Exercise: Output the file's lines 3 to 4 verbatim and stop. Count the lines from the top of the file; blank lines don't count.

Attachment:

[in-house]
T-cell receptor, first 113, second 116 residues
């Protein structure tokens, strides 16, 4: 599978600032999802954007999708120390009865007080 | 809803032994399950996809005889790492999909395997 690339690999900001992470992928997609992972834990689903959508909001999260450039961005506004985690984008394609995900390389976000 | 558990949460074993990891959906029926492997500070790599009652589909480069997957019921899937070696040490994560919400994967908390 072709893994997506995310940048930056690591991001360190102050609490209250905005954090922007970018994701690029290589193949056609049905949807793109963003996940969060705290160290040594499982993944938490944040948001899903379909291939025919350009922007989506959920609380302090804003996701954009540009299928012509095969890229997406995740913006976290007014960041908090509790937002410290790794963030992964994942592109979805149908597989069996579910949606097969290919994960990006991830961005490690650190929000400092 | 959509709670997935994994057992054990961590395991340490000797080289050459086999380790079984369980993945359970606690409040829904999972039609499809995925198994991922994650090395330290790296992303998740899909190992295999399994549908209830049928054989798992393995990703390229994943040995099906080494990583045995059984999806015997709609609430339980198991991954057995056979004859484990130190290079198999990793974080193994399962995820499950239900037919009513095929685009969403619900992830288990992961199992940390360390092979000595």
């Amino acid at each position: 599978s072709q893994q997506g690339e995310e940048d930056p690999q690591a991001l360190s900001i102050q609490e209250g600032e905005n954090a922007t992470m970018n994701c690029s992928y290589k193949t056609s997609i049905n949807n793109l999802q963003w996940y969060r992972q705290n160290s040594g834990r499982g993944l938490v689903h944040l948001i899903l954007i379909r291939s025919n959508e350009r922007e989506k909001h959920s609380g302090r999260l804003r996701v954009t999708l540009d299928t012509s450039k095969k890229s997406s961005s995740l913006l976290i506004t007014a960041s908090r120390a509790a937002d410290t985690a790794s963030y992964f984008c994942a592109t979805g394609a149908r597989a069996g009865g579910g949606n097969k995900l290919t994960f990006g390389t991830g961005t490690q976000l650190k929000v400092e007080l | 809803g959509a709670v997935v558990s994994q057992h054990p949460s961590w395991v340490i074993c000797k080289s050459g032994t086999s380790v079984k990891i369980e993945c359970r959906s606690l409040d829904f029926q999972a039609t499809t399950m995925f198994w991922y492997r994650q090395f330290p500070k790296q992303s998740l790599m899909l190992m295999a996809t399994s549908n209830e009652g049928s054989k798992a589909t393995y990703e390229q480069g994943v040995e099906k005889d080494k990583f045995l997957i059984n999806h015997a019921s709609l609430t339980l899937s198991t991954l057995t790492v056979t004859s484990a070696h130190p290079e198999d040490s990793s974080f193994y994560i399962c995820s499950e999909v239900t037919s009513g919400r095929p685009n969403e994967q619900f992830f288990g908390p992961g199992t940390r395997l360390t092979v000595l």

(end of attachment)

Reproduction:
């Protein structure tokens, strides 16, 4: 599978600032999802954007999708120390009865007080 | 809803032994399950996809005889790492999909395997 690339690999900001992470992928997609992972834990689903959508909001999260450039961005506004985690984008394609995900390389976000 | 558990949460074993990891959906029926492997500070790599009652589909480069997957019921899937070696040490994560919400994967908390 072709893994997506995310940048930056690591991001360190102050609490209250905005954090922007970018994701690029290589193949056609049905949807793109963003996940969060705290160290040594499982993944938490944040948001899903379909291939025919350009922007989506959920609380302090804003996701954009540009299928012509095969890229997406995740913006976290007014960041908090509790937002410290790794963030992964994942592109979805149908597989069996579910949606097969290919994960990006991830961005490690650190929000400092 | 959509709670997935994994057992054990961590395991340490000797080289050459086999380790079984369980993945359970606690409040829904999972039609499809995925198994991922994650090395330290790296992303998740899909190992295999399994549908209830049928054989798992393995990703390229994943040995099906080494990583045995059984999806015997709609609430339980198991991954057995056979004859484990130190290079198999990793974080193994399962995820499950239900037919009513095929685009969403619900992830288990992961199992940390360390092979000595």
């Amino acid at each position: 599978s072709q893994q997506g690339e995310e940048d930056p690999q690591a991001l360190s900001i102050q609490e209250g600032e905005n954090a922007t992470m970018n994701c690029s992928y290589k193949t056609s997609i049905n949807n793109l999802q963003w996940y969060r992972q705290n160290s040594g834990r499982g993944l938490v689903h944040l948001i899903l954007i379909r291939s025919n959508e350009r922007e989506k909001h959920s609380g302090r999260l804003r996701v954009t999708l540009d299928t012509s450039k095969k890229s997406s961005s995740l913006l976290i506004t007014a960041s908090r120390a509790a937002d410290t985690a790794s963030y992964f984008c994942a592109t979805g394609a149908r597989a069996g009865g579910g949606n097969k995900l290919t994960f990006g390389t991830g961005t490690q976000l650190k929000v400092e007080l | 809803g959509a709670v997935v558990s994994q057992h054990p949460s961590w395991v340490i074993c000797k080289s050459g032994t086999s380790v079984k990891i369980e993945c359970r959906s606690l409040d829904f029926q999972a039609t499809t399950m995925f198994w991922y492997r994650q090395f330290p500070k790296q992303s998740l790599m899909l190992m295999a996809t399994s549908n209830e009652g049928s054989k798992a589909t393995y990703e390229q480069g994943v040995e099906k005889d080494k990583f045995l997957i059984n999806h015997a019921s709609l609430t339980l899937s198991t991954l057995t790492v056979t004859s484990a070696h130190p290079e198999d040490s990793s974080f193994y994560i399962c995820s499950e999909v239900t037919s009513g919400r095929p685009n969403e994967q619900f992830f288990g908390p992961g199992t940390r395997l360390t092979v000595l």